3. A process for making tapered holes of substantially uniform size in a sheet of a non-metallic solid according to claim 1 wherein said etchant fluid is selected from the group consisting of hydrofluoric acid, sodium hydroxide, potassium hydroxide and potassium permanganate.

4. A process for making tapered holes of substantially uniform size in a sheet of a non-metallic solid according pressure is applied to said agent.

5. A process for making tapered holes of substantially uniform size in a solid sheet of polycarbonate ranging in thickness from about 1 to 20 microns to produce an article useful as a filter for separating molecules of different sizes which comprises bombarding a side of said sheet with fission fragments to form charged particle tracks of radiation damaged material extending through said sheet from the bombarded side through the opposite side, affixing separating means along the periphery portion of said sheet to separate the two sides of said sheet, contacting one side only of said bombarded sheet with an etchant fluid which etches and removes said tracks of damaged material, contacting the opposite side only of said sheet with a neutralizing agent prior to the formation of etched holes through said sheet by said etchant fluid, said neutralizing agent for said etchant fluid being selected from the group consisting of an inert liquid, a neutralizing liquid, and neutralizing gas, allowing said etchant fluid to etch and remove said tracks of damaged material to form holes therethrough whereupon its etching action in each justformed hole is stopped by said agent in contact with said opposite side of said sheet, said separating means being such as to separate said etchant fluid from said neutralizing agent so that the only contact therebetween is through said etched holes.

6. A continuous process for forming small tapered holes of substantially uniform size in two flexible sheets of synthetic polymer wherein each sheet ranges in thickness from about 1 to 20 microns to produce an article useful as a filter for separating molecules of different sizes which comprises bombarding a side of each sheet with fission fragments to produce substantially straight charged particle tracks of radiation damaged material extending through each sheet from the bombarded side through the opposite side, placing an absorbent material containing a liquid neutralizer between said two sheets to form a composite, passing the composite through an etchant fluid which etches and removes said tracks of damaged material, and allowing said etchant fluid to etch and remove said tracks of damaged material to form holes therethrough whereupon its etching action in each just-formed hole is stopped by said liquid neutralizer.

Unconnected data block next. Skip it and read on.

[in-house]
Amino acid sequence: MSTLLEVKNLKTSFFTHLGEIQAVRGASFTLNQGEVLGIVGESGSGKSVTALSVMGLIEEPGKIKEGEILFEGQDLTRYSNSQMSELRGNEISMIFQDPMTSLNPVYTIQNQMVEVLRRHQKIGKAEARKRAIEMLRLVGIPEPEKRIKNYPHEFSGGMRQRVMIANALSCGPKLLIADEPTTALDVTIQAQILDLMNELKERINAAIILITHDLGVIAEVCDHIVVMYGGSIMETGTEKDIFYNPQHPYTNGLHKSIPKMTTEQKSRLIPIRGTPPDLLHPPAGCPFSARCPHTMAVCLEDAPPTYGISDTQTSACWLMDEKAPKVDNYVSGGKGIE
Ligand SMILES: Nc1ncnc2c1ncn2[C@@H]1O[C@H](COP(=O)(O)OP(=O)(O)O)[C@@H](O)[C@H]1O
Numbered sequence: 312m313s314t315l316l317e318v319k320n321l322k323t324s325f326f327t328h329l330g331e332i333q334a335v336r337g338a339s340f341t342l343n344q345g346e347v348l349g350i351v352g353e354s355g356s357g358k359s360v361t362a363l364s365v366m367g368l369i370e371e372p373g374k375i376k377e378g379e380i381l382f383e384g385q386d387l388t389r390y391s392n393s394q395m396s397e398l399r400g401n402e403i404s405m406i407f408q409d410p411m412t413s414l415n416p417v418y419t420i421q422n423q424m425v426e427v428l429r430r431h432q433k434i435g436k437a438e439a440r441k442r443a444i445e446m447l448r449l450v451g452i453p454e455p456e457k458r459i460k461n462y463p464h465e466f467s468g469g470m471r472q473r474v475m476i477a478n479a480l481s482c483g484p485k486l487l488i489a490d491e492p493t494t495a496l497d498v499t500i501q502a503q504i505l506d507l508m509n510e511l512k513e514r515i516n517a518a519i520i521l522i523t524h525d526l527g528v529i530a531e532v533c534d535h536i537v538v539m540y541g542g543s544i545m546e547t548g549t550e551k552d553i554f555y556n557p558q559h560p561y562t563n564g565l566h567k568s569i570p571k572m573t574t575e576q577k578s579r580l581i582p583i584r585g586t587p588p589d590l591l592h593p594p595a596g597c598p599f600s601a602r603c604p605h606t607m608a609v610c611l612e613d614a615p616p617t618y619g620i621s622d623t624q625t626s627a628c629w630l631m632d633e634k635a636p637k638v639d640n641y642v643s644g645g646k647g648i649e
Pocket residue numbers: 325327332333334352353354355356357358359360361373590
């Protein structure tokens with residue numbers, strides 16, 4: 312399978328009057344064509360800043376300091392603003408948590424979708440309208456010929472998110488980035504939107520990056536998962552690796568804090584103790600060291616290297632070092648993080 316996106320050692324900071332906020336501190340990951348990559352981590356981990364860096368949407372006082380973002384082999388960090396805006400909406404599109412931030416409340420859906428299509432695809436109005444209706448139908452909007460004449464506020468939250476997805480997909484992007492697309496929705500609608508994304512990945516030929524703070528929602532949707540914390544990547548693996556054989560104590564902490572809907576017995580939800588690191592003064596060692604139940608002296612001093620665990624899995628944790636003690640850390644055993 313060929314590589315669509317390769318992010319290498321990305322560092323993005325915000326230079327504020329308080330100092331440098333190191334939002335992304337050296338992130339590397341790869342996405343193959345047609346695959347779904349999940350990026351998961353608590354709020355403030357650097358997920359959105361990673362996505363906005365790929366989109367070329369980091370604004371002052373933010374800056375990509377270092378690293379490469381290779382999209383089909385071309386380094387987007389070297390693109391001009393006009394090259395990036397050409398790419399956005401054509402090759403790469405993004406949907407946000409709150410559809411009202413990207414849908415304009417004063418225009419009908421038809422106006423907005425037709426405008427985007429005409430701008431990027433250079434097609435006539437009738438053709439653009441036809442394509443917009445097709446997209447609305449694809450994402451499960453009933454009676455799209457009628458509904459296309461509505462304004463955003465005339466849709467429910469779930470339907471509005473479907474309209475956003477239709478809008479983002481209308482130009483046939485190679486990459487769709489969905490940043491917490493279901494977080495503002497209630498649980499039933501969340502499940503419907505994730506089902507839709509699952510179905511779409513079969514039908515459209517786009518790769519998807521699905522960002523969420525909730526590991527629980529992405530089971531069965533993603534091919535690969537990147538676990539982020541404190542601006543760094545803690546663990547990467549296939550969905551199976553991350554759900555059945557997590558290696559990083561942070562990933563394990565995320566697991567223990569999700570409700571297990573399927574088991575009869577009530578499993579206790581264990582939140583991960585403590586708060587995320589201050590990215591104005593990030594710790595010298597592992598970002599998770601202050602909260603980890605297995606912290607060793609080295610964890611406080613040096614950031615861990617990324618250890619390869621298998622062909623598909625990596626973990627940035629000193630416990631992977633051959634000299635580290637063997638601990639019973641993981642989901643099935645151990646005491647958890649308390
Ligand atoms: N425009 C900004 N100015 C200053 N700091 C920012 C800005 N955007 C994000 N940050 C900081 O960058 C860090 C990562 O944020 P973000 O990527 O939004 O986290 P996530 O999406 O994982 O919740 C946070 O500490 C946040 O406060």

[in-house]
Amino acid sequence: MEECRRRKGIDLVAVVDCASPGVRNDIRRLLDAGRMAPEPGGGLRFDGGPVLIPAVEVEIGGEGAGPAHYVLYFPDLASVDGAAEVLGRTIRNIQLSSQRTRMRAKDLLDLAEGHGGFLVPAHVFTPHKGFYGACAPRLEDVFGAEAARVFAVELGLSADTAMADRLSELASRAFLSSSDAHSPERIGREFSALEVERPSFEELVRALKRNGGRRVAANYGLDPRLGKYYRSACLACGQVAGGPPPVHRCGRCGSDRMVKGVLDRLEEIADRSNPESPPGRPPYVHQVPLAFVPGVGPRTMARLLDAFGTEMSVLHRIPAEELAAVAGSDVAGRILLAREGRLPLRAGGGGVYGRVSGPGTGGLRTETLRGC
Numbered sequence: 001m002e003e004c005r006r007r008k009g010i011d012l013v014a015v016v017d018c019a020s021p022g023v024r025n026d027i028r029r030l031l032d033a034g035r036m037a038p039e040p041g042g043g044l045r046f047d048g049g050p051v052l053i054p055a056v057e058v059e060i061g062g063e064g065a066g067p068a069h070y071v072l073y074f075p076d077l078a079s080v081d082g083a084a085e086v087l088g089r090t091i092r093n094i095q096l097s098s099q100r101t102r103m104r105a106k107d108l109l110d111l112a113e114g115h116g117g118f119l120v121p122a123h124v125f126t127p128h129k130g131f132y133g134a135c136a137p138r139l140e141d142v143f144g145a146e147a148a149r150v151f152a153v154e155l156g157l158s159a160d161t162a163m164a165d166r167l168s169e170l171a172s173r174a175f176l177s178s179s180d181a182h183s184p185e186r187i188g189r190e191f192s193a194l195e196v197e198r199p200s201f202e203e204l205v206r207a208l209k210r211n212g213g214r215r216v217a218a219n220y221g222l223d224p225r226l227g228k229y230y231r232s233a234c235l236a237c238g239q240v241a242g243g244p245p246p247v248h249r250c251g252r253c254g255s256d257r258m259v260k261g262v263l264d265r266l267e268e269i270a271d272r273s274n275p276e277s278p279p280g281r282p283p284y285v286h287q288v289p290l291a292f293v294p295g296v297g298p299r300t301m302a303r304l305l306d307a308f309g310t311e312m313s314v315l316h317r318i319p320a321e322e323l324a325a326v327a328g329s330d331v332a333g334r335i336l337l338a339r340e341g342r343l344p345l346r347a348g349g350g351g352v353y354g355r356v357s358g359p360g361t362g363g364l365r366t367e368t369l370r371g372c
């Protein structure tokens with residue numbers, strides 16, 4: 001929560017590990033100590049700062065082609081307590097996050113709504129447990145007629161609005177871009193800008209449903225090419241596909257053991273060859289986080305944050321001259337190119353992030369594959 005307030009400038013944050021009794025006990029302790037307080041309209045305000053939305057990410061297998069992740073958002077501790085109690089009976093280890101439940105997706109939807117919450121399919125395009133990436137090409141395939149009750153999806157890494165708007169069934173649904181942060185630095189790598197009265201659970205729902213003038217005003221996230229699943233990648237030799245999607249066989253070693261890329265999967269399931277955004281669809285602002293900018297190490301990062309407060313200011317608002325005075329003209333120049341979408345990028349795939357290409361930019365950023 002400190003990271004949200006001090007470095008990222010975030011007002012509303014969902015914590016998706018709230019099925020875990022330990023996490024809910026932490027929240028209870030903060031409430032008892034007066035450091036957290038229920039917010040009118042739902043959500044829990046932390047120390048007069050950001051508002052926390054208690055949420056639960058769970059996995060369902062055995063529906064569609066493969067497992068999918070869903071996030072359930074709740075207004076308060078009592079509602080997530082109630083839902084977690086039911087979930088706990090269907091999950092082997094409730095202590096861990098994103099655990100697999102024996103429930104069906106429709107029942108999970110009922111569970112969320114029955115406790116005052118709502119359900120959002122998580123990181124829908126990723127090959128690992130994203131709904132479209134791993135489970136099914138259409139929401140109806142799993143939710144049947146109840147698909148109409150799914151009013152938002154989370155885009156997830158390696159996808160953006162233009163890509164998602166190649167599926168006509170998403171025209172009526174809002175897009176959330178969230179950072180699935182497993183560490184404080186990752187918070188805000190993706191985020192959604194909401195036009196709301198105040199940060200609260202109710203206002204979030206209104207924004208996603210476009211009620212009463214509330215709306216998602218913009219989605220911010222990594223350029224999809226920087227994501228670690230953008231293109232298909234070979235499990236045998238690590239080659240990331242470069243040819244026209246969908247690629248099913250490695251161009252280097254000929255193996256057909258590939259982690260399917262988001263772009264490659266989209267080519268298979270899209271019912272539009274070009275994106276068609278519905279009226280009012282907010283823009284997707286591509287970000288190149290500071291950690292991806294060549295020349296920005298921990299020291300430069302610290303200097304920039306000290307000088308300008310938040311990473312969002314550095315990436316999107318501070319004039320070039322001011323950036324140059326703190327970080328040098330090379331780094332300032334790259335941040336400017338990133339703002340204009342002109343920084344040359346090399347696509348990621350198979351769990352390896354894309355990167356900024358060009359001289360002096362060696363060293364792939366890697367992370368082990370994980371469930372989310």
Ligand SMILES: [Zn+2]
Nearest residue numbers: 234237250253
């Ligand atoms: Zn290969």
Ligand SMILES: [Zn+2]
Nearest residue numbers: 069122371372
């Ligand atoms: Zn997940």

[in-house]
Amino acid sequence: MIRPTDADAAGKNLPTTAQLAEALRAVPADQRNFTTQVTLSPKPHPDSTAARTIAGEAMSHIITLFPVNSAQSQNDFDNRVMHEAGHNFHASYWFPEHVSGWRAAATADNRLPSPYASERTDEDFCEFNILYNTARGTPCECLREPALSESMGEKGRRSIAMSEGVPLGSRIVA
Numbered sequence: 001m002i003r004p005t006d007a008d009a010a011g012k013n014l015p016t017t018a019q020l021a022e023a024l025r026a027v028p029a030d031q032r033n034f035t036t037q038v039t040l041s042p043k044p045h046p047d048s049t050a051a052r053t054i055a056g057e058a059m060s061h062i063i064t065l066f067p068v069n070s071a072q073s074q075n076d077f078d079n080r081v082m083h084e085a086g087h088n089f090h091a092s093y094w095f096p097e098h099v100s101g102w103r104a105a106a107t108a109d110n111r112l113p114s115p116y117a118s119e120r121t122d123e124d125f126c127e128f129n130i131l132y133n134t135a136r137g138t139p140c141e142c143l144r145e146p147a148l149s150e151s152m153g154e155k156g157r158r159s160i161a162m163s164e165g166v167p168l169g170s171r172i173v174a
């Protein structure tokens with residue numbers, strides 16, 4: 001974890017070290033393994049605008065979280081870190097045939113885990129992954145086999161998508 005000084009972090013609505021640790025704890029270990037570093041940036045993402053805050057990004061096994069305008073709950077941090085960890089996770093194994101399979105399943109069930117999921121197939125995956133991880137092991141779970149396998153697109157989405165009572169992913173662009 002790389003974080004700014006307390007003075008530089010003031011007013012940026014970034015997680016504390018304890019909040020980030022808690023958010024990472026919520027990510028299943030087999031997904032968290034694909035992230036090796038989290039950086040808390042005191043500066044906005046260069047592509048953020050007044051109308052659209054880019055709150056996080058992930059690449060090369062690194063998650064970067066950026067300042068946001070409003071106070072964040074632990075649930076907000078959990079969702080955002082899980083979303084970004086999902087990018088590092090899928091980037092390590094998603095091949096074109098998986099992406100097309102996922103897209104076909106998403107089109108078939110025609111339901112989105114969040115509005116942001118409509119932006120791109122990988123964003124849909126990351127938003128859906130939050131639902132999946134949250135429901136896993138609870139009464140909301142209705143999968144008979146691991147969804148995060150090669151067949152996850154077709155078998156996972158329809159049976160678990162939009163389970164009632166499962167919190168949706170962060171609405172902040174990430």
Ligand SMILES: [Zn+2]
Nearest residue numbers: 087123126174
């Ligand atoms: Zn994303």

7. A continuous process according to claim 6 wherein said synthetic polymer is a polycarbonate.

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Referenced by
Citing PatentFiling datePublication dateApplicantTitle
US4280909 *May 14, 1979Jul 28, 1981Deutsch Daniel HaroldMicroporous member with interconnected, oriented tapered voids
US4376046 *Jun 1, 1981Mar 8, 1983Deutsch Daniel HaroldSystem with asymmetric microporous membrane for the circulation or movement of solutions
US4832997 *Nov 20, 1987May 23, 1989Commissariat A L'energie Atomique & Centre National De La Recherche ScientifiqueProduction of asymmetrical microporous membranes by double irradiation and asymmetrical membranes
US5904846 *Jan 16, 1996May 18, 1999Corning Costar CorporationFilter cartridge having track etched membranes and methods of making same
US6033583 *May 5, 1997Mar 7, 2000The Regents Of The University Of CaliforniaVapor etching of nuclear tracks in dielectric materials
US6103119 *Jan 12, 1999Aug 15, 2000Whatman Inc.Filter cartridges having track etched membranes and methods of making same
US6649058 *Mar 19, 2001Nov 18, 2003Commissariat A L'energie AtomiqueHollow membranes with capillary tubes, fluid treatment modules that use them and methods of manufacturing them
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US6908552Feb 26, 2002Jun 21, 2005Gesellschaft Fuer Schwerionenforschung MbhMethod of producing nanostructures in membrances, and asymmetrical membrane
US6998063Jul 29, 2003Feb 14, 2006Steris Inc.Method of forming microporous membranes
US7001501 *Mar 6, 2003Feb 21, 2006Gesellschaft für Schwerionenforschung mbHapplying and monitoring electric current through an organic polymer membrane (polyethyleneterephthalate) positioned between an ionic etching solution and a neutral ionic solution; faster release times; inherent sensor capability; electric control
US7189321Oct 8, 2003Mar 13, 2007Commissariat A L'energie AtomiqueFluid treatment module having hollow membranes
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US7438193 *Apr 14, 2006Oct 21, 2008Postech FoundationNanoporous membrane and method of fabricating the same
US7960708Sep 17, 2007Jun 14, 2011University Of HoustonDevice and method for manufacturing a particulate filter with regularly spaced micropores
US20120125893 *Jul 19, 2011May 24, 2012Hamamatsu Photonics K.K.Laser processing method
USRE29524 *Aug 9, 1976Jan 24, 1978Facet Enterprises, Inc.Porous laminate and method of manufacture
EP0364628A1 *Oct 19, 1988Apr 25, 1990Joopary Arastoo KhodaiGas, isotope, and liquid separations by membranes
EP1338329A1 *Dec 17, 2002Aug 27, 2003Gesellschaft für Schwerionenforschung mbHProcess for making nanostructures in membranes and asymmetric membranes
Classifications
U.S. Classification216/56, 216/87, 216/62, 250/472.1, 250/473.1
International ClassificationB29C37/00, B01D35/00, B01D29/01, B32B3/24
Cooperative ClassificationB01D2201/184, B01D67/0032, B01D29/012, B01D35/00
European ClassificationB01D67/00K18F, B01D35/00, B01D29/01B